When I realised The Undertones debut album was released in May (1979), I asked Jules and ColDog if I could do a post on it. I visited The Undertones official site and saw under email addresses 'for anything else', and so speculatively sent a request asking if anyone would be prepared to chat with me. 48 hours later I received a response, which ended up being a much longer conversation than planned with bassist Micky Bradley. Micky has so many wonderful stories and so I have split it into 3 seperate chats and will post 2 of them as a seperate post. For now, enjoy his memories of the debut album.
In May 1979 The Undertones released their debut album of the same name, having built a following on the back of Teenage Kicks, but with the second single Get Over You failing to hit the Top 50.
Six of the 14 tracks come are less than 2 minutes long, and as Micky Bradley said in his chat with COB, “Don’t bore us, get to the chorus”!
The lead single ahead of its release was the classic Jimmy Jimmy, which made number 16 in the UK charts. The songs had all been written and developed during the bands weekly residency at the Casbah Club in Derry. Although John O’Neill was the main songwriter, all of the band with the exception of Feargal, receive songwriting credits.This was later to be a source of disagreement within the band as Feargal was not receiving any royalties, yet was the iconic voice and frontman of the band. In Micky’s book, he describes how Feargal left the band briefly, the matter being resolved when John volunteered to split all his royalties and publishing equally, something the rest of the songwriters agreed to also do.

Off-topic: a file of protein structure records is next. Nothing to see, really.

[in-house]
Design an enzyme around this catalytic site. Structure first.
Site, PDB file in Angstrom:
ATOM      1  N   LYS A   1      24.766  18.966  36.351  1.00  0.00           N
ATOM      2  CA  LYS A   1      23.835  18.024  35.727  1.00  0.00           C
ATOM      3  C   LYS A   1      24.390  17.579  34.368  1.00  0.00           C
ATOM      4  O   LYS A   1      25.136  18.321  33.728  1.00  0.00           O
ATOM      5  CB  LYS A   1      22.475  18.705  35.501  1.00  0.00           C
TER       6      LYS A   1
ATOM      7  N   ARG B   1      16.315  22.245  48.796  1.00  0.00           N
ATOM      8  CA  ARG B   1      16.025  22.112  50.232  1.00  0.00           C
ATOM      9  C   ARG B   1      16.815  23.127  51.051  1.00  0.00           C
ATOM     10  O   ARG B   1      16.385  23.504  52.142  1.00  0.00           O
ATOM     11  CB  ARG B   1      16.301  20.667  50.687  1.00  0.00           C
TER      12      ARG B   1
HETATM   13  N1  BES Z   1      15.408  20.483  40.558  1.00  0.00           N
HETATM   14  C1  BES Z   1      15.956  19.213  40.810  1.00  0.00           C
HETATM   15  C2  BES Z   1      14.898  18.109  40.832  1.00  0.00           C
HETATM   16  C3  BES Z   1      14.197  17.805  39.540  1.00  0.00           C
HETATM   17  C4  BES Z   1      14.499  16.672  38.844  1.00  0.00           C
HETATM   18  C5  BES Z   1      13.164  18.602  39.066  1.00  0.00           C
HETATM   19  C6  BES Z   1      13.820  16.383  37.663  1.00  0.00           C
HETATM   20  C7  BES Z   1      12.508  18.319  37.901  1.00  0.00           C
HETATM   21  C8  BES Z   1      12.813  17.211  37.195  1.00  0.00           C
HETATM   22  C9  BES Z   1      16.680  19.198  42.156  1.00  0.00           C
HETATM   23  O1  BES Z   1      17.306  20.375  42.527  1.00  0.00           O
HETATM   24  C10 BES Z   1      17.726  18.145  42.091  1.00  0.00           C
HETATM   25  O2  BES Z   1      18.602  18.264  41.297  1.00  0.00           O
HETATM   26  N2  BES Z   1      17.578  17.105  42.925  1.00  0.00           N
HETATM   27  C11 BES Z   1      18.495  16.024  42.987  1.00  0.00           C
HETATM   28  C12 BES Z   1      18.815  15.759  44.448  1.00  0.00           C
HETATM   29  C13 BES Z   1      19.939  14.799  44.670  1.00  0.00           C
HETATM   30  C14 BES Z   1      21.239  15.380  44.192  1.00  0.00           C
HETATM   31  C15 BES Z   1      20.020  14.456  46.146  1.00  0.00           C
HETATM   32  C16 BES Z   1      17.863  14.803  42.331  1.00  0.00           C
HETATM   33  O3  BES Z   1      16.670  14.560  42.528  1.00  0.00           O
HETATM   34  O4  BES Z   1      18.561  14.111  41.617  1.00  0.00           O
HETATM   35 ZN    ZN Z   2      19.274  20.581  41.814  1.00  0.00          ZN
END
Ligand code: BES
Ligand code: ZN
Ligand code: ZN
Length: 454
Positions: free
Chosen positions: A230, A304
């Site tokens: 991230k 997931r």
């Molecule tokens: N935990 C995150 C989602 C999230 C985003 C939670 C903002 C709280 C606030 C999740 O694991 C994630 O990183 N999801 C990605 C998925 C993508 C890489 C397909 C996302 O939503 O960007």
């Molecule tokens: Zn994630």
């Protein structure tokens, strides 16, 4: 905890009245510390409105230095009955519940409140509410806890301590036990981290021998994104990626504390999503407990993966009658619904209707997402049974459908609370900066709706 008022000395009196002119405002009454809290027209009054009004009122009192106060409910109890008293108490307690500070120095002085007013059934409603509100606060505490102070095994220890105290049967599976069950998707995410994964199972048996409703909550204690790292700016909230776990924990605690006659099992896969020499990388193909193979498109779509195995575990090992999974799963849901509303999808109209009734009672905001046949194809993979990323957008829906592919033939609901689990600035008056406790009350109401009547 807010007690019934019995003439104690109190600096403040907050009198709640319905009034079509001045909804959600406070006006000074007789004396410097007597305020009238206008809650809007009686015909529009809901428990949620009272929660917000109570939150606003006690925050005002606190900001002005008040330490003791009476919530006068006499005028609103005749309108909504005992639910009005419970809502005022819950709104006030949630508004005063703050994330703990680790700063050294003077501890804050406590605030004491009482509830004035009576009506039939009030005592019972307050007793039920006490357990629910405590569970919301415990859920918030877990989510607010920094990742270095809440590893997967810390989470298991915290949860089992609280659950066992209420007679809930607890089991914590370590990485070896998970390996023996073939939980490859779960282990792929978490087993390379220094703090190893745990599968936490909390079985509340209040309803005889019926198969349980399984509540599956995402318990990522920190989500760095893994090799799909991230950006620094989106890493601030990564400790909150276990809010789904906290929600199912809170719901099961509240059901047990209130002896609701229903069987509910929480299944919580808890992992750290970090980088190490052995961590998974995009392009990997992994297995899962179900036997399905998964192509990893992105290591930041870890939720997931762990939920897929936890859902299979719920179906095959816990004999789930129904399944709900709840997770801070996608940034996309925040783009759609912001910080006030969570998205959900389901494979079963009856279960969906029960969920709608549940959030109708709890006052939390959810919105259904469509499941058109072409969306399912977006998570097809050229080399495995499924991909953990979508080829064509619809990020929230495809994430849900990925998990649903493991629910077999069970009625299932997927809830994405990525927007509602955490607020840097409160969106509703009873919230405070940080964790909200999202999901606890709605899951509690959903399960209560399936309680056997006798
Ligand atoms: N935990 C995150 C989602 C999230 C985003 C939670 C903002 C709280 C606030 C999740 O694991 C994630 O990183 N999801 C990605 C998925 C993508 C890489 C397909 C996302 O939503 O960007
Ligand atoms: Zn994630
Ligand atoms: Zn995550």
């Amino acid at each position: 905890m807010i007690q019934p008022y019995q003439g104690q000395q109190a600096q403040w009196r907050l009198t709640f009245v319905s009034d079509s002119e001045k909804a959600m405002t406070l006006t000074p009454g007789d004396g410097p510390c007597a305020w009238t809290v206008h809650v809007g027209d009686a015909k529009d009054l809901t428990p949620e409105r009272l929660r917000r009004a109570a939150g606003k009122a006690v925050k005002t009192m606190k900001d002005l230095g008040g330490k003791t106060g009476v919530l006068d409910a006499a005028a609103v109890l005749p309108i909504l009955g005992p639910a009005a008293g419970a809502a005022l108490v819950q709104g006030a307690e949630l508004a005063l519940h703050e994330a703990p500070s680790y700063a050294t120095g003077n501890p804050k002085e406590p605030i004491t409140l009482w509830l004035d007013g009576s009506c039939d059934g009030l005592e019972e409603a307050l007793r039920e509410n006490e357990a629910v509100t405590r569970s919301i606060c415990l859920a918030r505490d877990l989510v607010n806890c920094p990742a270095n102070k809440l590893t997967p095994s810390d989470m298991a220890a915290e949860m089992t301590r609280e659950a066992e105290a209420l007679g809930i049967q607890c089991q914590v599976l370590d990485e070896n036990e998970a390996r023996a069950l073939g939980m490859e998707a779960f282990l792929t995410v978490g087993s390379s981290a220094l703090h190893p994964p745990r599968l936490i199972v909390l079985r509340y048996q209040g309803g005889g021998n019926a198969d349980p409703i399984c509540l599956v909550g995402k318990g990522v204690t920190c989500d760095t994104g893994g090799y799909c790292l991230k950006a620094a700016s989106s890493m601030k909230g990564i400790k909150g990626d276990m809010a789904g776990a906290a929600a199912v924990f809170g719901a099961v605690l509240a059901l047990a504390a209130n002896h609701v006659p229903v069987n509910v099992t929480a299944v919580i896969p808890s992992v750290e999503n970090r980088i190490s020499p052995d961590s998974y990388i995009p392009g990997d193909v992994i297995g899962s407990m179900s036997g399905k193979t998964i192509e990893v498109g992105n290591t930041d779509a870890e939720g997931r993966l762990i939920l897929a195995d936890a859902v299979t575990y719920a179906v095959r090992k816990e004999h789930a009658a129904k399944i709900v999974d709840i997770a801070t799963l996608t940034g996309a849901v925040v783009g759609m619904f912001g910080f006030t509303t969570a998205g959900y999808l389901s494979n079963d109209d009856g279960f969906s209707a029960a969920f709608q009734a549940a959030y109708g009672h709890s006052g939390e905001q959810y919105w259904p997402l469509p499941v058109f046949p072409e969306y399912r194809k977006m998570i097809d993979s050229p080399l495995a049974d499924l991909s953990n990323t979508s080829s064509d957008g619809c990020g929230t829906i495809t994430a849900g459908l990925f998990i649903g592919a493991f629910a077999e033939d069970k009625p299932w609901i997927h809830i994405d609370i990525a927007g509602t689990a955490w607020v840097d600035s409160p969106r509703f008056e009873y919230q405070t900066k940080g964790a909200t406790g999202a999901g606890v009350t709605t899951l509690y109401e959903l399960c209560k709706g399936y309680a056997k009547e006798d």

The follow up single Here Comes the Summer, is equally classic Undertones, taking up only 1:45 of our time.
There are so many other fantastic tracks that still sound fresh today. If you haven’t listened to it for a while, why not give it another listen this weekend. If you’ve never listened to it, well then you are in for a treat!
Although many people liked the follow up, Hypnotised, I never felt it hit the heights of the debut. And after that, well, read Micky’s book and I think it becomes apparent there was never a serious plan as to what next. But who cares, the first album is, in my humble opinion, 29 minutes 29 seconds of pure pop gold.
Looking forward to hearing it all again when they play on the same bill as the Rats at the Sign of the Times festival on the 2nd July.